“Where do you see yourself at this time next year?” wasn’t always such a loaded question. Before COVID-19, forward thinkers could confidently project ahead 365 days to find themselves dancing at their wedding, playing contact sports, or making good on a campaign vow to bring sweeping legislation before their fellow New York City Council Members.
At this time next year, that last scenario will be brought to you by either Erik Bottcher, Phelan Dante Fitzpatrick, Marni Halasa, Aleta LaFargue, Leslie Boghosian Murphy, or Arthur Schwartz. They’re the six people determined to represent our namesake neighborhood, alongside others in the District 3 area of coverage (Hell’s Kitchen, Greenwich Village, West SoHo, Hudson Square, Times Square, Garment District, Flatiron, Upper West Side). The winner will succeed Corey Johnson, who was re-elected in 2017, became Council Speaker in 2018, and is compelled by term limits to step down.
Chelsea Community News begins its coverage of this race with a Q&A that’s as curious about the person as it is about their policies. All candidates were sent the same questions. Below, find responses from Marni Halasa, followed by links that take you to the answers provided by others. For info about the Primary Election (June 22) and the General Election (Nov. 2), visit https://vote.nyc.
Scott Stiffler, for Chelsea Community News (CCNews): Regarding the Meet Phelan section on your website: What policy, belief, or personal detail sums you up nicely, and why?
Phelan Dante Fitzpatrick: As the operator of three small businesses in NYC, I know first-hand the economic uncertainty facing working people. Being a gun violence survivor, and enduring racial and homophobic discrimination my entire life, has driven how I have to navigate my role and purpose in this city that’s been hit hard by the pandemic. I’m also a Black and gay single father, who’s trying to keep his head above water.
Being a full-time dad, trying to keep my businesses open and my employees paid, and campaigning for this position has not been easy, but it has been rewarding. After years of feeling that my representatives didn’t understand my lived experiences or recognize my struggles, I knew it was my responsibility to get involved and run for local office. I don’t believe you have to be a policy expert to run for office. I don’t have the same type of experience that some of my opponents have, I’m not a political insider. I don’t attend black tie political fundraisers and I don’t have all the right connections to get all the prime endorsements. I know the difference between what’s good for a few versus what’s good for the many. I know how to listen, I know how to be thoughtful and kind, and I know how to be patient. All the qualities that make a good parent, make a good leader.
CCNews: Can you envision a situation when the duties of advocating for District 3 and the city as a whole are not in agreement? If so, how will you reconcile local obligations with the greater good?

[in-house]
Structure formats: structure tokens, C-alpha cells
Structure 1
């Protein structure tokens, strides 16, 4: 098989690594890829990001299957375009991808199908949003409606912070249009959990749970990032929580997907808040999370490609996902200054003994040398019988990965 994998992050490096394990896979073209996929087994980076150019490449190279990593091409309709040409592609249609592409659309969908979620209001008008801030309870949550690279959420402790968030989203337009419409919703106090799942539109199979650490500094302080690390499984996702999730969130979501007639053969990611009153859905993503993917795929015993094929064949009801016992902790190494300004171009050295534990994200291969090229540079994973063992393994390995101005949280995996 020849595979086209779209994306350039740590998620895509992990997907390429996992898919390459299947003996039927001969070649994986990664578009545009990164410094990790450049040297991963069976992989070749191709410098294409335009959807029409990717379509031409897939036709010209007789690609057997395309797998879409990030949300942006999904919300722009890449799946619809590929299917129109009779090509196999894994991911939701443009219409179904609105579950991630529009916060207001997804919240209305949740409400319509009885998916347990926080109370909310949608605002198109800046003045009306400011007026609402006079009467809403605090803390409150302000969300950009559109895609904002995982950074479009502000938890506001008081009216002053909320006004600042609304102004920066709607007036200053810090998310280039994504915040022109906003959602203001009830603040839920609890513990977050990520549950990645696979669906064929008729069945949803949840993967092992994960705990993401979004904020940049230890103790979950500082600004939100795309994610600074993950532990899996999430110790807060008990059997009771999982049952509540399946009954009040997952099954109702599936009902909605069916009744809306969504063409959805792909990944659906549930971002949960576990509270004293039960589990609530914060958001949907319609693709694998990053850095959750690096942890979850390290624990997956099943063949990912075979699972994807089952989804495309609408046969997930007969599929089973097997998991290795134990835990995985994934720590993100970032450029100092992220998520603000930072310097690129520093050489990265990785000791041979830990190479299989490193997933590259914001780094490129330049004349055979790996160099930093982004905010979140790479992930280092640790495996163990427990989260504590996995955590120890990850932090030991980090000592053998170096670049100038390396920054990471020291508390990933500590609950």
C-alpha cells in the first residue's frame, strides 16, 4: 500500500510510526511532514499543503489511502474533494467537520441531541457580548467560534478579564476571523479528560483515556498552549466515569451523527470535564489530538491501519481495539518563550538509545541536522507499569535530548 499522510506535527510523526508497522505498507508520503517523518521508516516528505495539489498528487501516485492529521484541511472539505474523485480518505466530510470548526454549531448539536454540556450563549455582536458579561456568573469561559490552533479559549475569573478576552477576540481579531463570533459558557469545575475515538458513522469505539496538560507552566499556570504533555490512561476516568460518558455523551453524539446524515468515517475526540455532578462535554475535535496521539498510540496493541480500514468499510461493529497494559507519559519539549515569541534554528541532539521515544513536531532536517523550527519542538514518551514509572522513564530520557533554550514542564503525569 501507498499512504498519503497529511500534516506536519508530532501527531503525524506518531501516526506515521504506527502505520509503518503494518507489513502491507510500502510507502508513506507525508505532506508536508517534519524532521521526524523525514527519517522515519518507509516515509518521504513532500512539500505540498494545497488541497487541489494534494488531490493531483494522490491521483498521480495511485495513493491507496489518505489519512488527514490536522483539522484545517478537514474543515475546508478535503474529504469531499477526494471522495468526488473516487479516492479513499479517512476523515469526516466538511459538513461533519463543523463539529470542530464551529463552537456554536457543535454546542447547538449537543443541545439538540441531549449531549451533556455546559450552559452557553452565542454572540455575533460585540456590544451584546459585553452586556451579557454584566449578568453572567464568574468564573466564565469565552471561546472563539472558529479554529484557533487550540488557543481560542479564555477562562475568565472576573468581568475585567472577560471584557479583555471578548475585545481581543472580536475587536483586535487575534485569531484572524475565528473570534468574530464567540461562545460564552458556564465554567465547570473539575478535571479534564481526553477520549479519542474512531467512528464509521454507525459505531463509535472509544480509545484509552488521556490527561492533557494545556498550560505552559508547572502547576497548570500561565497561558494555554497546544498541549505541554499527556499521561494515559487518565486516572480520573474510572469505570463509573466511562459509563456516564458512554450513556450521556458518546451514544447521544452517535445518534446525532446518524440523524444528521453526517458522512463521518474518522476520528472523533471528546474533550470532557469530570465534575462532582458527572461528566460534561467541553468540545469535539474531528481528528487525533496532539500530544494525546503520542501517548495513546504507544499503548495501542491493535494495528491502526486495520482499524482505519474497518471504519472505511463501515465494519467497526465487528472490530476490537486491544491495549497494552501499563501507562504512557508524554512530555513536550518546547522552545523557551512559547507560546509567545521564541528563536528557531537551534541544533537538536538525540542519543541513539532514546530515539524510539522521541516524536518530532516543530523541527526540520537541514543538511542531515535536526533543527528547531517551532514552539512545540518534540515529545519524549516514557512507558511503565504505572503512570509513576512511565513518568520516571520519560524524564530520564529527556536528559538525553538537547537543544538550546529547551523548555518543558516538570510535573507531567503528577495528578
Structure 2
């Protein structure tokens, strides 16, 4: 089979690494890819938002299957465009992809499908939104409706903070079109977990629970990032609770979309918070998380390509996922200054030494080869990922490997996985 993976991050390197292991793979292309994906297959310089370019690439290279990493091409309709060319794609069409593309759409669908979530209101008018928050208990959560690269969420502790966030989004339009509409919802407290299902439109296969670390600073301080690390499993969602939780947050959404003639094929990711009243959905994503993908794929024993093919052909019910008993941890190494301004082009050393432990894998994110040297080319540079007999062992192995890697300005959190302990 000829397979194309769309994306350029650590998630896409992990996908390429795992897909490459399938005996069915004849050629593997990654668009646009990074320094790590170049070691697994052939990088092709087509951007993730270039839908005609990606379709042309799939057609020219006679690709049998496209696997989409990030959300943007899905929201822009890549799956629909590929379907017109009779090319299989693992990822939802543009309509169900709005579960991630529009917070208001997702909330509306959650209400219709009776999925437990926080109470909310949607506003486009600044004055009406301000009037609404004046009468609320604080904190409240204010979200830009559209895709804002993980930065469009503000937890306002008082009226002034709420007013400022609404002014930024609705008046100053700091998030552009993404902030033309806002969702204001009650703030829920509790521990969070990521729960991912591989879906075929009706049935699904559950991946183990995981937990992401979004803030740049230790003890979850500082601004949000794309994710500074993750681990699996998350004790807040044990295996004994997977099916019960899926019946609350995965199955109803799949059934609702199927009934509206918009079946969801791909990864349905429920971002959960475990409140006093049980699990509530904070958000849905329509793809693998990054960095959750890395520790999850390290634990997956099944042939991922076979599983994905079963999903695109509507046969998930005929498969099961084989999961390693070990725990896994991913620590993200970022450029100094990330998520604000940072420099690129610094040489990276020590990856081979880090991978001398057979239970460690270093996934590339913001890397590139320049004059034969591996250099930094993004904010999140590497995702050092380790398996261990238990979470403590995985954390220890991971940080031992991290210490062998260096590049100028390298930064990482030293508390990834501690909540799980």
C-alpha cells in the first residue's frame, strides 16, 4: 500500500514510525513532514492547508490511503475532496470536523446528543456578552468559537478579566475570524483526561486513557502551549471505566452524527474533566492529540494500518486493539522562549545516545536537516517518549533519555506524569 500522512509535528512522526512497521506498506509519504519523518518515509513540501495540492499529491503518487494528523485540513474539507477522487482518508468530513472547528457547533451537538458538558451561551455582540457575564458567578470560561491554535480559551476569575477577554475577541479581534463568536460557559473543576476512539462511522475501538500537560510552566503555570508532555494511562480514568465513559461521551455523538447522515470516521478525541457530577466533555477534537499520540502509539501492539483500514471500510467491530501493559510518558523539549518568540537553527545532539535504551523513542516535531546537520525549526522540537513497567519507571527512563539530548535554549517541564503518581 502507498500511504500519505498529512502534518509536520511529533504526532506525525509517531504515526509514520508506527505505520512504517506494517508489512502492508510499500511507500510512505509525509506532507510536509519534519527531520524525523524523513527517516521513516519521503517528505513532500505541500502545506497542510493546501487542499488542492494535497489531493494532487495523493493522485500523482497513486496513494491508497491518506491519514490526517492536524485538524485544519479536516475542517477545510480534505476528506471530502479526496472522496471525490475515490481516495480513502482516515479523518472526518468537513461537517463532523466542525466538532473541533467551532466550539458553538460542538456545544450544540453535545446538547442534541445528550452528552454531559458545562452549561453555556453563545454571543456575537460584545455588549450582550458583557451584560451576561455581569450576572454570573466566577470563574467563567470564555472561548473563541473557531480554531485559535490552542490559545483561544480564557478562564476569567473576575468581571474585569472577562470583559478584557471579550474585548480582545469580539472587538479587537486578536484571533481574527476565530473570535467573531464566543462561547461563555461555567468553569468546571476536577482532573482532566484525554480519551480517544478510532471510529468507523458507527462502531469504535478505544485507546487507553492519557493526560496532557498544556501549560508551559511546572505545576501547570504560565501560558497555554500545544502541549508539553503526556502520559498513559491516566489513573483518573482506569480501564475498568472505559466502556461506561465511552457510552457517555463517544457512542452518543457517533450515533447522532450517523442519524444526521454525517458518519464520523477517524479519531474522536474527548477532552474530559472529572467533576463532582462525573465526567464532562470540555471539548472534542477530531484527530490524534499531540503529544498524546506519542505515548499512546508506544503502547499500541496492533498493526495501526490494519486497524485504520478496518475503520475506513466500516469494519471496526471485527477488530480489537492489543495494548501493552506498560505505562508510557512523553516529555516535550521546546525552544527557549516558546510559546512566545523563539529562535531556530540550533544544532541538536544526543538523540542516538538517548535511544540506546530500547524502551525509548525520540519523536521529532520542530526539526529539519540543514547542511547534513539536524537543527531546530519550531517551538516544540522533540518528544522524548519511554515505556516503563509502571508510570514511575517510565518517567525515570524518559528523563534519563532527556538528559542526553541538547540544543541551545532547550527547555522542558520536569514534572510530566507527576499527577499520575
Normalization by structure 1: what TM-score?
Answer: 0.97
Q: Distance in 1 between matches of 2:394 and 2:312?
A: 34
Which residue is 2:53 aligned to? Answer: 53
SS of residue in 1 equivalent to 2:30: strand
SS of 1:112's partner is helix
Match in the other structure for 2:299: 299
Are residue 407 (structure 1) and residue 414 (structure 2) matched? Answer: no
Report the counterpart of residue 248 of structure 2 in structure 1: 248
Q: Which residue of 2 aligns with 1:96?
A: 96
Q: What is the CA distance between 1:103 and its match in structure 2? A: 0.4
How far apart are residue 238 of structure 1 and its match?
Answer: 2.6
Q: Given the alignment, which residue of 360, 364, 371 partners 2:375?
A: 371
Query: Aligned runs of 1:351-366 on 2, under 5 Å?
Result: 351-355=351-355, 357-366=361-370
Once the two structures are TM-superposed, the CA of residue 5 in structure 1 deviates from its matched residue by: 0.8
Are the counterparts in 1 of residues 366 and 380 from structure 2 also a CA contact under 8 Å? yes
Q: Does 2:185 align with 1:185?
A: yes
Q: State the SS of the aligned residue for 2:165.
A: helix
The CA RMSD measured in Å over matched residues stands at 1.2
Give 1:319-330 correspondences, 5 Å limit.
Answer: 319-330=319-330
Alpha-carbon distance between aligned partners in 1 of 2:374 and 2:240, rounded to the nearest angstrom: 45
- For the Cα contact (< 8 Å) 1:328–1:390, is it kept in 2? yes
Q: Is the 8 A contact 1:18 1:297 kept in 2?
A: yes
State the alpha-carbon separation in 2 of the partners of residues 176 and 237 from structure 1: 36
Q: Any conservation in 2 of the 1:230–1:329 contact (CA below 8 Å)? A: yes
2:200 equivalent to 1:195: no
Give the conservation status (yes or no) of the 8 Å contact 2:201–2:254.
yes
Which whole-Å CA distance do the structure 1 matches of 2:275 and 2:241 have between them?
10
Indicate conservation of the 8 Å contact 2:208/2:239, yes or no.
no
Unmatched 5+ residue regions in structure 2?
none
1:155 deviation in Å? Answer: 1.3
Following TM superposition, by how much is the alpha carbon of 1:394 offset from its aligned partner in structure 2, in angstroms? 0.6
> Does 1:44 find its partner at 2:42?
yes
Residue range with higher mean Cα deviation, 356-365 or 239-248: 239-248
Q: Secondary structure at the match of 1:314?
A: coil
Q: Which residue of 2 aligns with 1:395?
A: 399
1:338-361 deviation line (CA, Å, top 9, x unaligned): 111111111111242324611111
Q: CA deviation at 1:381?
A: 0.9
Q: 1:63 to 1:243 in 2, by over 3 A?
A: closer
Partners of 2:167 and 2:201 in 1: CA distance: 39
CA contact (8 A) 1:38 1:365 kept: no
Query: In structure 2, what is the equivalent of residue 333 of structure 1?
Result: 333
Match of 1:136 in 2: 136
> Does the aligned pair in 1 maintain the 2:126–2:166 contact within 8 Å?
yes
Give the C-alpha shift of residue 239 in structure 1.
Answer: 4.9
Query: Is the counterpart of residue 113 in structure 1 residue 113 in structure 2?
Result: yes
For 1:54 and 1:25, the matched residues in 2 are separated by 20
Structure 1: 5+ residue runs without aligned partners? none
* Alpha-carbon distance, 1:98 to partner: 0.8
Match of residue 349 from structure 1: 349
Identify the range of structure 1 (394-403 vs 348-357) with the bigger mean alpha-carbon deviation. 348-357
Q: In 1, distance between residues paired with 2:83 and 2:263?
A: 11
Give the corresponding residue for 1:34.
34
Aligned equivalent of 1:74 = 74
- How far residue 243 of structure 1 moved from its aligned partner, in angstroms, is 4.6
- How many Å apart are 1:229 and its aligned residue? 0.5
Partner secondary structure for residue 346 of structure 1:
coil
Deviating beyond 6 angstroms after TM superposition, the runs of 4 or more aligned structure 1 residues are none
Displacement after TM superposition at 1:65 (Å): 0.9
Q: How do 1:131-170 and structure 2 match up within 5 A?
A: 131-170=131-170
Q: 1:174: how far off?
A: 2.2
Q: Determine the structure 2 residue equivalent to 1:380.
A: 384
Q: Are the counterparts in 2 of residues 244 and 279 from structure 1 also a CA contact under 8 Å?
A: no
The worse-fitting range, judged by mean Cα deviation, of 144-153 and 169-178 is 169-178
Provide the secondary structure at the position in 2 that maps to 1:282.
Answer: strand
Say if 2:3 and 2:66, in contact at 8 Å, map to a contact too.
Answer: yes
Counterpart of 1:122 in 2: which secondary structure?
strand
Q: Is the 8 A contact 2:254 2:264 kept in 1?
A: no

Fitzpatrick: For me, safety is paramount. It’s why we accept and depend on our government. How we ensure that safety differs from community to community. As a local representative, I will always work to ensure my district has resources it needs to be safe and feel supported.
There are many steps to dismantling systemic racism and establishing a just world for all New Yorkers. A shift in consciousness around the idea of safety needs to happen. The criminal legal system in the US and in NYC is broken. It is not a system of justice. It is a carceral system.
The NYPD policies with practices that result in a disproportionate and horrifying number of Black and Brown people harassed, ticketed, arrested, imprisoned, and murdered. It is a moral failure in organizational leadership. As a Black man living in New York City for 20 years I have been stopped and frisked three times, once in front of my daughter. These experiences have profound impacts that will never leave me. The NYPD must be restructured with equal protection under the law as the driving force for these changes.
CCNews: Regarding the above question, apply that to an example in your personal life. Are you any more rigid or flexible when it comes to advocating for yourself vs. others?
Fitzpatrick: My experience in business has shown me the importance of economic power in uplifting others, particularly those from disadvantaged communities. The wellbeing of the workers that enable our businesses to function is a top priority. Listening to them, focusing on their needs, and helping them navigate the chaos of the current world is of utmost importance to me.
Being raised by a single mother who worked three jobs, I was responsible for my two younger siblings. My younger sister has suffered from epilepsy her entire life. From my early teens and into adulthood I’ve been taking care and advocating for others. Not out of a sense of duty, but out of love and compassion for my family and friends who have relied on me.
A strong desire to protect my daughter and my employees is what inspired me to run for office. But it’s the needs of my neighbors that continue to drive me through this campaign and hopefully across the finish line. No one should have to choose between buying groceries or paying rent. Together, we can make real change in this city for those who need it most.
CCNews: Conflict and Compromise: What do these words mean to you, in terms of how you will be an effective Council Member?
Fitzpatrick: I was disappointed by the FY21 budget. Mayor de Blasio and the City Council failed to live up to their promises. Gutting New York public schools in order to pour money into the NYPD exhibits where the mayor and Speaker Johnson’s priorities lie–in conflict with the people, especially children, of New York. I would have certainly opposed this budget.